• Paralanguage – Voice qualities, Voice qualifiers, voice characteristics and
• Kinetics – Postures, gestures and Facial expressions;
• Proxemics – Use of space in communication;
• Use of time – Importance given to time reflects dependability;
• Mode of dress – Dressing the way the organisation or business needs.
Complaints handling – A live case study
Handling of customer feedback, grievances and complaints transparently is
also part of Business Communication. Many organisations claim ‘sky and
moon’ for their customer care. We wanted to actually test two big
organisations, as to how they handle customer complaints.
During early Feb 2010, we wrote to
the Chairman of State Bank of India,
India’s largest bank with 13000 plus
branches and 2 lakh plus employees,
complaining about an education loan
proposal. We got the email id of
Chairman from their website.
Within two hours of our sending a mail, we got response from the Chairman’s
Secretariat acknowledging the complaint. On the same day, two senior level
officials contacted us to get the full facts. The problem was resolved within 48
hours. SBI converted this complaint into an opportunity for building their
Bouquet to Mr O P Bhat, Chairman and his team. Keep it up!!
We also wanted to test another large
private sector organisation. There are
nearly 800 complaints and reviews in
Mouthshut.com against ICICI Bank.
We wanted to get the reaction from
the CEO of ICICI Bank
As we could not locate the email id of their CEO, we submitted a querry
through their ‘Email us’ button seeking the email id of their CEO. Within 24
hours, promptly, their customer care department responded to us saying, ”we
regret that we will be unable to provide contact details of our officials”.
As per RBI guidelines, all the banks are required to furnish the contact details
of their top management officials on the site prominently. We made
complaints to RBI and started debating on this issue in the prpoint group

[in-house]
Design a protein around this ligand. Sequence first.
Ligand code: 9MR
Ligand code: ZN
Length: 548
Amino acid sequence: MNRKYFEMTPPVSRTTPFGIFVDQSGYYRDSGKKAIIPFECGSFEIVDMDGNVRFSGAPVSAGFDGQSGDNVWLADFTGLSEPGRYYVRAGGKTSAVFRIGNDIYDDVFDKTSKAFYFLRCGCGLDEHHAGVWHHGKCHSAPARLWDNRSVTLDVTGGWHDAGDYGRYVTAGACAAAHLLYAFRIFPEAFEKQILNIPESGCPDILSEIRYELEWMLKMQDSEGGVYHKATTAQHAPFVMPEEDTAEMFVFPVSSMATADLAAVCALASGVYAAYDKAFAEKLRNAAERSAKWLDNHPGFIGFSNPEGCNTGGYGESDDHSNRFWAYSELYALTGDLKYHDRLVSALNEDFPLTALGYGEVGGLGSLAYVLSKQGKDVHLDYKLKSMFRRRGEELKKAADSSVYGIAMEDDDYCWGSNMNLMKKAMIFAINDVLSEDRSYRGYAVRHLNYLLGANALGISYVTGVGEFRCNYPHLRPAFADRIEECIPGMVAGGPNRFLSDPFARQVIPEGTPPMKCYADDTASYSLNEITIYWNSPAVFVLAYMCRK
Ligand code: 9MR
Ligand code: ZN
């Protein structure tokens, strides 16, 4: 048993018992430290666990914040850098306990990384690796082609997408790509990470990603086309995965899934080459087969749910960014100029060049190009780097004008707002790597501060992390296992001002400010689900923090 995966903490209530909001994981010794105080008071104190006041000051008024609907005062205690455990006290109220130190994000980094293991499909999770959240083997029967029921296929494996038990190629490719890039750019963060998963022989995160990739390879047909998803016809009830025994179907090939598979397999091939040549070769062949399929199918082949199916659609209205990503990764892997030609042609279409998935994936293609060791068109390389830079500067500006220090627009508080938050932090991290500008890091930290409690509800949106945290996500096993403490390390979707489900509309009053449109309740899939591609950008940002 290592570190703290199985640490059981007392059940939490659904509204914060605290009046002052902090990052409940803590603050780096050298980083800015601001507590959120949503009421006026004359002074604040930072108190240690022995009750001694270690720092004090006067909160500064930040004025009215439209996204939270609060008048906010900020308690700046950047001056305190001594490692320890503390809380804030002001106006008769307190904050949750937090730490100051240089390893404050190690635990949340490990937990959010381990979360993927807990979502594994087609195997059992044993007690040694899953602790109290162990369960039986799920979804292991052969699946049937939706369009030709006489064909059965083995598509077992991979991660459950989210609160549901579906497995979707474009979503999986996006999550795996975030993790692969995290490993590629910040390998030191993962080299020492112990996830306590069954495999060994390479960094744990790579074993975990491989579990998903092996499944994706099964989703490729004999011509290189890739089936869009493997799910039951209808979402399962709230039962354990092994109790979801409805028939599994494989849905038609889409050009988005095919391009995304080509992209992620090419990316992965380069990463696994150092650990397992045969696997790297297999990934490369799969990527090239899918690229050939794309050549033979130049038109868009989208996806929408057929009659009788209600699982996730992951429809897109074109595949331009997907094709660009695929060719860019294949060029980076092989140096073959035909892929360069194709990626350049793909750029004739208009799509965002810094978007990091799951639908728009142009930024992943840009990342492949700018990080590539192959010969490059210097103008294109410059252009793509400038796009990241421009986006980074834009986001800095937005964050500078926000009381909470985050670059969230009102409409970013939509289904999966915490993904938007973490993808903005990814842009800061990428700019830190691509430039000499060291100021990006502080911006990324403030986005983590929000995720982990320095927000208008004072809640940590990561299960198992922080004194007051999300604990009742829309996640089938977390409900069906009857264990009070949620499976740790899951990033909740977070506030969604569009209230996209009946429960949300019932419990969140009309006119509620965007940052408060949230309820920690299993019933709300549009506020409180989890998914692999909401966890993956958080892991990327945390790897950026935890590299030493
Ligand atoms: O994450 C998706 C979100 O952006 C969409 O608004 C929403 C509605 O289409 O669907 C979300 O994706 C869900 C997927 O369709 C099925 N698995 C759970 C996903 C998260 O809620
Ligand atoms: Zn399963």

Though, ICICI Bank regretted for the response of their customer care
department, they have kept the information about email ids of their top
management in a link, which cannot be reached from home page.
Interesting discussions in prpoint group may be read from the link
http://finance.groups.yahoo.com/group/prpoint/messages (msgs 4418 to 4444)
Sorry! ICICI Bank CEO and team: Spending billions of rupees on
flashy advertisements will not bring you reputation and credibility.
You need to shed your arrogance and increase your transparency.
Writing Business letters
• Understand your audience;
• Develop ‘You’ attitude – to think
from the reader’s point of view;
• Organise the message clearly and
• While writing unpleasant letters,
state the refusal using positive
tone and de-emphasising
• For persuasive letters, use AIDA Plan (Attention, Interest, Desire and Action)
Report writing – Four steps
Writing report needs careful planning. The following four
steps are the foundation of report writing:
• Defining the problems and purpose;
• Identifying and organising the issues for study /
• Conducting research;
• Analysing and interpreting data, drawing conclusions
and developing recommendations.
Workshop on Presentation skills in 5 steps
PodUniversal Edition 98 - podcast
PReTTY – Business man vs IT man
A man in a hot air balloon is lost. He sees a
man on the ground and reduces height to
speak to him.
"Excuse me, can you tell me where I am?"
"You're in a hot air balloon hovering thirty
feet above this field," comes the reply.
"You must work in Information
Technology," says the balloonist.
"I do," says the man, "How did you know?"
"Well," says the balloonist, "Everything you
told me is technically correct, but it's no
use to anyone."
"You must be in business," says the man.
"I am," says the balloonist, "How did you know?"
"Well," says the man, "You don't know where you are, you don't know where
you're going, but you expect me to be able to help. You're in the same position
you were before we met, but now it's my fault."
Speaking – Thinking Rate
According to studies, we speak at the rate of 125 – 150 words
per minute. Our mind is capable of processing 500 words per
minute. This gives listeners a great deal of spare time. When
we are listening to the lectures, this spare time is often used by
our mind for ‘mental excursion’ ranging from day dreaming to
thinking about the hairstyle or dress of the speaker. If we
practise to spend this time for analysing the message, we
would become the best listeners. Regular practise of
‘meditation’ will help to improve the listening skills.
PResenters of PReSENSE
K. Srinivasan V. Rajendran Triambak Sharma K. Bhavani
Editor-in-Chief Strategic Editor Cartoon Editor International Editor
A. Rekha Shvetha Sridhar Archana Verma Megha Gupta
Coordinating Editor International International Editor Coordinating Editor
Prime Point Foundation